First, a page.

In today’s modern society, food science has become highly complex. For the average consumer, attempting to read and understand ingredient labels has become a daunting task. For many, fresh or frozen vegetables remain a safe haven within the grasp of the consumer’s understanding, and are considered innocuous. Unfortunately, this perception is inaccurate and is predicated upon a number of misconceptions. Fresh vegetables may be subject to high levels of insect infestation, and unknowing consumers could potentially transgress numerous Torah prohibitions with the consumption of one insect.
Many assume that farmers and companies are wary of insects in vegetables, and take proper precautionary measures to ensure that their inventory is bug-free. This assumption may seem reasonable but has proven to be untrue. The FDA tolerance levels of insect infestation in produce are far more permissive than proper halachic standards. For example, the US government allows averages of up to 60 insects per 100 grams in frozen broccoli, and up to 50 insects per 100 grams of frozen spinach (See Food, Drug, and Cosmetics Act 402 (a)(3)) Although farmers will use pesticides to limit insect infestation levels of produce, the effects are often limited. Powerful and highly effective insecticides previously used have been legally banned because of health risks. Some insects have also developed immunity to certain pesticides over time. Moreover, the popularity of organic produce has complicated matters. The term organic usually means grown without pesticides, herbicides, and synthetic fertilizers. Understandably, organic produce could be subject to higher levels of insect infestation.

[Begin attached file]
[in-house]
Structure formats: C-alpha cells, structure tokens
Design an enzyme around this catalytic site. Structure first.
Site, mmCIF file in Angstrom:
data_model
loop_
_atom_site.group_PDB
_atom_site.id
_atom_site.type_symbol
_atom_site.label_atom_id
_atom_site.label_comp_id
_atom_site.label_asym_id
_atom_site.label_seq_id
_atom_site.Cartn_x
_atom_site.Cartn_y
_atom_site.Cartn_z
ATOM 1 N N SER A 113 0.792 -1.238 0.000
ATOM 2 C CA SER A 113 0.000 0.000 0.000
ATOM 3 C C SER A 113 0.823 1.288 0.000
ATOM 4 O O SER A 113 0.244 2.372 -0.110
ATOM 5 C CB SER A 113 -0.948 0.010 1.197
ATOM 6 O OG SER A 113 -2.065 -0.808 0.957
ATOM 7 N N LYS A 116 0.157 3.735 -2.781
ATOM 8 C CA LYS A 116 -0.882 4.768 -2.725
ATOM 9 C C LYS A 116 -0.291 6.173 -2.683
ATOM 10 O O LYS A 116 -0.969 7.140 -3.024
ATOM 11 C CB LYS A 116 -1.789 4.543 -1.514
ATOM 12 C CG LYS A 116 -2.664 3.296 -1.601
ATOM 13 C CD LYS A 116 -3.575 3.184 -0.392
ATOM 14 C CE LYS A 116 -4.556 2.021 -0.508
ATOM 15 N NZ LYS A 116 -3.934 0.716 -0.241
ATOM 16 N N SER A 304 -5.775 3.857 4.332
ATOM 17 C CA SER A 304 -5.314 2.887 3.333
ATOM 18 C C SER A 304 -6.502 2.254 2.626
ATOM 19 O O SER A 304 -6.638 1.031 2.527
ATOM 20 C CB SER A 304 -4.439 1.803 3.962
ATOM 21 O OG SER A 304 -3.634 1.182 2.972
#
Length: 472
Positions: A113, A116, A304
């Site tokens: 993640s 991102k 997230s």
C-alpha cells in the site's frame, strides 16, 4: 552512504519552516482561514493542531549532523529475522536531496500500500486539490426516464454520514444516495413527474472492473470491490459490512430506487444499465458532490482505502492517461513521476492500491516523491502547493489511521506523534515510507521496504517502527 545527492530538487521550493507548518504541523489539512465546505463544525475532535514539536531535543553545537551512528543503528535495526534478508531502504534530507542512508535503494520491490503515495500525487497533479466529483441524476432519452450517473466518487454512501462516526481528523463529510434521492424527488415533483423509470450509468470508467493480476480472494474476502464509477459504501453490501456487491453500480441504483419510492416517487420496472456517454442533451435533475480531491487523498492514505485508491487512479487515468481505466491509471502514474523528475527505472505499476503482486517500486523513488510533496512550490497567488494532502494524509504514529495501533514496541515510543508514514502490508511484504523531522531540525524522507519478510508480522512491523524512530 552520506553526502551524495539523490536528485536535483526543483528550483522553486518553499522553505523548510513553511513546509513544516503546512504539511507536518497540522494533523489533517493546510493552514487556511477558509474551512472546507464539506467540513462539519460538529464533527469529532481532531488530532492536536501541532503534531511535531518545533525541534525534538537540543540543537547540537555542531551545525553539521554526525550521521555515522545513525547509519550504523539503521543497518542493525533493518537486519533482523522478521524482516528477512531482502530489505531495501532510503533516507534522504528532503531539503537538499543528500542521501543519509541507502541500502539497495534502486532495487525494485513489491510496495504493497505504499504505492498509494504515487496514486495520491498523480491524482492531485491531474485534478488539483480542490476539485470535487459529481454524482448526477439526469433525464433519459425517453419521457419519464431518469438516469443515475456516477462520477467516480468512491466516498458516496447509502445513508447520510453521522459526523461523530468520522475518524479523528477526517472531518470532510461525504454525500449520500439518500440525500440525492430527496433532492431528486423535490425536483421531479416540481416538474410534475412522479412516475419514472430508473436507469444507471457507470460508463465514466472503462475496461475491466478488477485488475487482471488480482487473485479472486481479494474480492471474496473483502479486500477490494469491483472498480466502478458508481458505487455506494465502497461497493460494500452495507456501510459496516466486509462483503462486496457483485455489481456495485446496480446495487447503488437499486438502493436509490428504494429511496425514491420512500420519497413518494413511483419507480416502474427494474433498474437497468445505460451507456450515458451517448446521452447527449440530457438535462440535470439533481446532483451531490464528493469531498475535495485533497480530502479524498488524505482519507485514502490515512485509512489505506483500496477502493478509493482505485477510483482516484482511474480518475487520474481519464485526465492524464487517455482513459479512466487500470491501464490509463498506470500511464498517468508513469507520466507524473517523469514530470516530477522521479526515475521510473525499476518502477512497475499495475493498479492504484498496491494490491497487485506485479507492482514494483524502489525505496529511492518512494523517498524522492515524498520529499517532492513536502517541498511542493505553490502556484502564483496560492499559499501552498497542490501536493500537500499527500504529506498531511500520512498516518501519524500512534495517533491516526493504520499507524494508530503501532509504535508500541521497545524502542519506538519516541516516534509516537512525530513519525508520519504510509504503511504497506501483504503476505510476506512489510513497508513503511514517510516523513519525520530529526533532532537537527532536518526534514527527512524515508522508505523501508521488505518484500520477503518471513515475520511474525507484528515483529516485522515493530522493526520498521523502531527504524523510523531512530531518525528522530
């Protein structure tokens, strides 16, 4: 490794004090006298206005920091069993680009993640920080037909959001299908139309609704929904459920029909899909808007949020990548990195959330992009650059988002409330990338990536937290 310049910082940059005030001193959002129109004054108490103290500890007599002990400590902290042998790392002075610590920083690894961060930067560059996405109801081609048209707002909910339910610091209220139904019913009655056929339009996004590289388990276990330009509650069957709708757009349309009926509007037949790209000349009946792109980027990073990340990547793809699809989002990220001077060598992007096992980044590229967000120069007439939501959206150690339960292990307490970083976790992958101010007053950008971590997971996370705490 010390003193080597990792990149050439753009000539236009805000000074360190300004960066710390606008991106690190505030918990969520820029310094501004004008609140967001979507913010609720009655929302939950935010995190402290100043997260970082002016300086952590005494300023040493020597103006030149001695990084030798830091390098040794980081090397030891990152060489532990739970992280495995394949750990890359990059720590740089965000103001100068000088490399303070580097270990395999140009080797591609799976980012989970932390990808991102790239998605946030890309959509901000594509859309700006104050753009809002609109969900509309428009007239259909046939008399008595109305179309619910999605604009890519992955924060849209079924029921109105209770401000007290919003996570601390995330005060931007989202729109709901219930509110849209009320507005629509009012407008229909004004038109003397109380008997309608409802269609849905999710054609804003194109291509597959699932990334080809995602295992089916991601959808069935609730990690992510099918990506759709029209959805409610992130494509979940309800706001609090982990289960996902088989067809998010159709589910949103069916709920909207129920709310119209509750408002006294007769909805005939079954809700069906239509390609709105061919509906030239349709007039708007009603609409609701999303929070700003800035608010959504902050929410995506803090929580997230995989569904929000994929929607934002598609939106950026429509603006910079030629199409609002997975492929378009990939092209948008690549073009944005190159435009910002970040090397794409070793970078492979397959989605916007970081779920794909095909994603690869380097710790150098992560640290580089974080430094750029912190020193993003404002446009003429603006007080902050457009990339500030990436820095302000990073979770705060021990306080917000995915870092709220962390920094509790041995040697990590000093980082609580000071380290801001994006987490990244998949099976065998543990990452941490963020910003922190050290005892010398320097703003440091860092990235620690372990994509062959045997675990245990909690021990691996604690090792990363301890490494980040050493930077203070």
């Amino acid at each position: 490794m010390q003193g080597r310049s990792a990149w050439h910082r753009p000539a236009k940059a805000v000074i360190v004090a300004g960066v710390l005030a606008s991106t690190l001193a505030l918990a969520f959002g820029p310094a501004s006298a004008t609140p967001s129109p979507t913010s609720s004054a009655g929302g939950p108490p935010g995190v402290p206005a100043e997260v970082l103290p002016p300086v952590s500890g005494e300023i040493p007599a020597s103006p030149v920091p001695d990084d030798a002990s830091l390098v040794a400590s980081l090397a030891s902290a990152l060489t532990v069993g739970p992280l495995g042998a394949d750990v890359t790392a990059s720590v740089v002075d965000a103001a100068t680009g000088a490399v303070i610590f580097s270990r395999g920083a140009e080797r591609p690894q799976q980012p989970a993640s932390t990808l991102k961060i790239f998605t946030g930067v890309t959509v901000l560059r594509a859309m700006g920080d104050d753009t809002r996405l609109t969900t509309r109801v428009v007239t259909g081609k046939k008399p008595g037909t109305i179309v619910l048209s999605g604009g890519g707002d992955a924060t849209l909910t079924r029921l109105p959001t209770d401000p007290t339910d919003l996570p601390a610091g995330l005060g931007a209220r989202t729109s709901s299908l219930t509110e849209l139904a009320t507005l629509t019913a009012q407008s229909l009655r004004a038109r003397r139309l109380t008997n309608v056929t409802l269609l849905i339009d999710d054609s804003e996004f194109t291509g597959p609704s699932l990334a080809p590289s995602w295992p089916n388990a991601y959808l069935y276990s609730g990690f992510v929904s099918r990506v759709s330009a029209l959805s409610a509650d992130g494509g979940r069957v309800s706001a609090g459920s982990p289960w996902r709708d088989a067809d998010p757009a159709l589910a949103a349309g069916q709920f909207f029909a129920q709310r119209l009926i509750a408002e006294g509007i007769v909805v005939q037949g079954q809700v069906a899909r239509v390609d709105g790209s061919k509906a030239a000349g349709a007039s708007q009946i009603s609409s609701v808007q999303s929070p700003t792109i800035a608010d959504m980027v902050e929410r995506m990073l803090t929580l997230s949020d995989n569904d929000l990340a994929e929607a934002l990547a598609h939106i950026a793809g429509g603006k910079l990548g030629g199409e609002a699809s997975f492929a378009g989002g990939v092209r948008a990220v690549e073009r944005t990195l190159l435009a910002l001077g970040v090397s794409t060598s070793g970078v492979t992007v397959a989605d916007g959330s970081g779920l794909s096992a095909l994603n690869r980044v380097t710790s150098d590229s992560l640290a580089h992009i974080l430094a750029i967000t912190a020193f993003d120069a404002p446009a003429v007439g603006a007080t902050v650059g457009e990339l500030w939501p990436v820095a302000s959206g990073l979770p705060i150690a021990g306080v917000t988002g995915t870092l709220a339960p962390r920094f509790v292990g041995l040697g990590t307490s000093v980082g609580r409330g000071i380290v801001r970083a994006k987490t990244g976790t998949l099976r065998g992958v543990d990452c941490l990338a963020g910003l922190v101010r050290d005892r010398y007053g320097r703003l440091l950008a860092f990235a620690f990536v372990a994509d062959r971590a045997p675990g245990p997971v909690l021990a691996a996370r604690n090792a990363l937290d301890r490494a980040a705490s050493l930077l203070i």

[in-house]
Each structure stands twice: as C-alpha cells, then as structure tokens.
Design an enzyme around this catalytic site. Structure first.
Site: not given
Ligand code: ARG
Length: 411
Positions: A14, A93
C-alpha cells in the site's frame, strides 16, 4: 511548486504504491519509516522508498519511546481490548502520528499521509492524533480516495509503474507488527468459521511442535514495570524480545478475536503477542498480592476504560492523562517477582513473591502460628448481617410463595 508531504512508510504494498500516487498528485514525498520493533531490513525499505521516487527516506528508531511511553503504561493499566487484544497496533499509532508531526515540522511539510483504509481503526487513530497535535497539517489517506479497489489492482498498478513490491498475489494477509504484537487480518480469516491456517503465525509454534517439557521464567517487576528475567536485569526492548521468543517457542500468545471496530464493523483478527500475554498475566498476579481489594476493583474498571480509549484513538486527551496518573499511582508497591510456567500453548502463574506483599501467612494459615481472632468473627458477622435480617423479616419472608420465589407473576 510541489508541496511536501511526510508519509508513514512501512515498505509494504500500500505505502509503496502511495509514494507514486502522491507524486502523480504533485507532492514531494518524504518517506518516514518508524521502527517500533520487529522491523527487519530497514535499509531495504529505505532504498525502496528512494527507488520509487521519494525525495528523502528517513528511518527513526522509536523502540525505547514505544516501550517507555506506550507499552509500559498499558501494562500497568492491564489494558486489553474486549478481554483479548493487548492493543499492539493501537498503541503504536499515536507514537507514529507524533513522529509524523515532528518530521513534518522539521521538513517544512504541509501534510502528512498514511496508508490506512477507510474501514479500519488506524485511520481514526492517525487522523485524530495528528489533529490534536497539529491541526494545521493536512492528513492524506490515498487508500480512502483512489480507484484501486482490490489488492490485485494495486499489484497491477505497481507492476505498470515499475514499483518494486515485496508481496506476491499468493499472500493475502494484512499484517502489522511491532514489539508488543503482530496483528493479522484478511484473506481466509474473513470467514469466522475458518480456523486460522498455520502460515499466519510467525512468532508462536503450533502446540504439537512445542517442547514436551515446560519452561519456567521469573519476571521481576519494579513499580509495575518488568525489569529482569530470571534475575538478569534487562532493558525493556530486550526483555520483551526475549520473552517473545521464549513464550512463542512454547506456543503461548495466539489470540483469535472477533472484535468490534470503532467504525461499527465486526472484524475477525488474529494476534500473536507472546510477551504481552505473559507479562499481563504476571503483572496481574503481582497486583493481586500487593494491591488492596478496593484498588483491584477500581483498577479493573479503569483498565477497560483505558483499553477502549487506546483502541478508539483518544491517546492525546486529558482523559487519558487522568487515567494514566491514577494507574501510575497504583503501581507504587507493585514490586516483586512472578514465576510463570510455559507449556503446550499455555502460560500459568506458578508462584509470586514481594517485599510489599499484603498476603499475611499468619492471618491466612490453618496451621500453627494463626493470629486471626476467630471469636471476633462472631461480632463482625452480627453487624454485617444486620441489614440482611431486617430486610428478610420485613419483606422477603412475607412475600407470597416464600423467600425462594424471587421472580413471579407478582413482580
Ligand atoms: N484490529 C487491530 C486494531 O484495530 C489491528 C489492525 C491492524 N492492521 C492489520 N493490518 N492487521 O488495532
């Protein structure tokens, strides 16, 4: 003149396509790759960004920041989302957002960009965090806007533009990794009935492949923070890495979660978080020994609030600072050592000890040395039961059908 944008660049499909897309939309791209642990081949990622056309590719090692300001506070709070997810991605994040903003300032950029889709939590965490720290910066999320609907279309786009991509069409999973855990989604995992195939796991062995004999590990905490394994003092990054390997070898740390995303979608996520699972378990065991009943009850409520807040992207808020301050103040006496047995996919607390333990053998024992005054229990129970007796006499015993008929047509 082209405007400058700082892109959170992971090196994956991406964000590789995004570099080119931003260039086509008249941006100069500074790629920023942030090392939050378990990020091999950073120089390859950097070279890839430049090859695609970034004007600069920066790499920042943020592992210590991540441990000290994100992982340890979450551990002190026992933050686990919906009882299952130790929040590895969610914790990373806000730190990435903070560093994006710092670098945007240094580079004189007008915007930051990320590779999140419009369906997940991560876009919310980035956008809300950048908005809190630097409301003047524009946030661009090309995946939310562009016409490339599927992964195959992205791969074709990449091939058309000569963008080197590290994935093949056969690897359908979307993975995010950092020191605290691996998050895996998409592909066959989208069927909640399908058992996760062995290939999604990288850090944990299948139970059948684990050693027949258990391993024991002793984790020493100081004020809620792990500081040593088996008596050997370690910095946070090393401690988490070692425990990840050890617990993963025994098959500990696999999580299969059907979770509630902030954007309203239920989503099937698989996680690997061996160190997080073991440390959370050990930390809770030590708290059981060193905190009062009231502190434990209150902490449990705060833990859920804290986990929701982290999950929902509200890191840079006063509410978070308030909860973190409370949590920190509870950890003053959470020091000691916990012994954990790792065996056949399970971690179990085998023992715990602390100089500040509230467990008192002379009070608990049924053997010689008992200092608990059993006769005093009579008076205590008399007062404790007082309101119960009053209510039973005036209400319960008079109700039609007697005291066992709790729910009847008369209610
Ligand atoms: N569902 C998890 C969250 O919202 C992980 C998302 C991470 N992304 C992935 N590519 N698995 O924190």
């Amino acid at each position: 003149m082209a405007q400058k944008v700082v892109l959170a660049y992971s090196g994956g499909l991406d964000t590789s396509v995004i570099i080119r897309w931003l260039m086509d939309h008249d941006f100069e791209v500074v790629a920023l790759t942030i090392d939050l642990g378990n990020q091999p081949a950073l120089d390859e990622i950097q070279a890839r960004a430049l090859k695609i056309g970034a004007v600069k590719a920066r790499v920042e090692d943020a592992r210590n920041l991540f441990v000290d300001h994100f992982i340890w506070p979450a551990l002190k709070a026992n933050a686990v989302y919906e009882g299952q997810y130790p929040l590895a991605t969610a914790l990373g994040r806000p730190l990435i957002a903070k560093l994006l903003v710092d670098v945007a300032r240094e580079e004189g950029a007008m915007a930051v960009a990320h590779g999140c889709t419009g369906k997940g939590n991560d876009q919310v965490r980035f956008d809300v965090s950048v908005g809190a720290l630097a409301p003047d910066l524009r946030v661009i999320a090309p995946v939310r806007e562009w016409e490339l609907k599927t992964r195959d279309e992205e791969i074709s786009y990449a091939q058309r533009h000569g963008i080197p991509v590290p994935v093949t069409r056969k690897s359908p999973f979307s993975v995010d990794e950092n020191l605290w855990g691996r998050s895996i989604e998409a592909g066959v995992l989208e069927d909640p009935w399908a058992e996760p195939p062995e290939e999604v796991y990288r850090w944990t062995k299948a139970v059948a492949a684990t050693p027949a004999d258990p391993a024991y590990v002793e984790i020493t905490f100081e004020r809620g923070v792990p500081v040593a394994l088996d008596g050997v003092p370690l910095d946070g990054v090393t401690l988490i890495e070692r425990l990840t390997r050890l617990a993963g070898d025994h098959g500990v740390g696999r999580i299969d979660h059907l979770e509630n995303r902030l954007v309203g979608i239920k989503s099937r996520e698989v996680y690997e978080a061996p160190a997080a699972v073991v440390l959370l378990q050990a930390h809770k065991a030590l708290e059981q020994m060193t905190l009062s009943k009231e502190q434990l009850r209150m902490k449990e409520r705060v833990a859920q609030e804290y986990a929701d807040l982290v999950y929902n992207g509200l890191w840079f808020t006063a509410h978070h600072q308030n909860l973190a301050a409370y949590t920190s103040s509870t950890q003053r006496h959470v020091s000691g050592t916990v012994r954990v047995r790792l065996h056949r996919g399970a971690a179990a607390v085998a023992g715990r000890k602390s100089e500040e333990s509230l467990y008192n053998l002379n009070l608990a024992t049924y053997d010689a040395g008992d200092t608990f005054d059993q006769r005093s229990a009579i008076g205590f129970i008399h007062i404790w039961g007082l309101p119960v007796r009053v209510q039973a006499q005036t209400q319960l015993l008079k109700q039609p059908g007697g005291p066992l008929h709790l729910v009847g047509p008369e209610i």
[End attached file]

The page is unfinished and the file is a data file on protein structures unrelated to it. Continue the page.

It is highly complex to identify precisely which factors contribute to higher levels of infestation in certain types of produce than in others. Vegetables with cracks and crevices are more likely to suffer from infestation, since there are areas for insects to become trapped or hide. The environment is often a primary cause of infestation, as vegetables grown in hotter climates are more liable to suffer from insects, and those grown at higher elevations are not. Accordingly, infestation levels are higher during the summer than cooler seasons. With today’s global economy and the import and export of fresh produce around the world, it is much more difficult to assume that certain varieties of produce available in one country tend to be cleaner than in others. Farmers have struggled to create an insect-free environment, and some have been largely successful with greenhouses. Nevertheless, there have been incidents of insect infestation in greenhouse grown products, albeit very rare.
Checking vegetables properly for bugs requires a sensitivity to detail, blended with a high level of yiras shamayim. Insects could hide in hard to see places, and may also be very small. Nevertheless, a miniscule insect is not prohibited unless it is identifiable to the naked eye. By 1674 the powerful microscopes of A. van Leeuwenhoek were able to detect small phenomena, and crude microscopes date to the mid-15th century. However, the Torah was given many years prior at Har Sinai. Chazal in their great wisdom have declared, “Lo nitna Torah l’malachei hasharet” (The Torah was not given to angels) (See Berachos 25b). The position of most poskim is that insects are only prohibited only when it is possible to identify them without the usage of extraordinary means (See Darchei Teshuva 84:94, Aruch HaShulchan Yoreh Deah 84:36, Igros Moshe Yoreh Deah 2:146).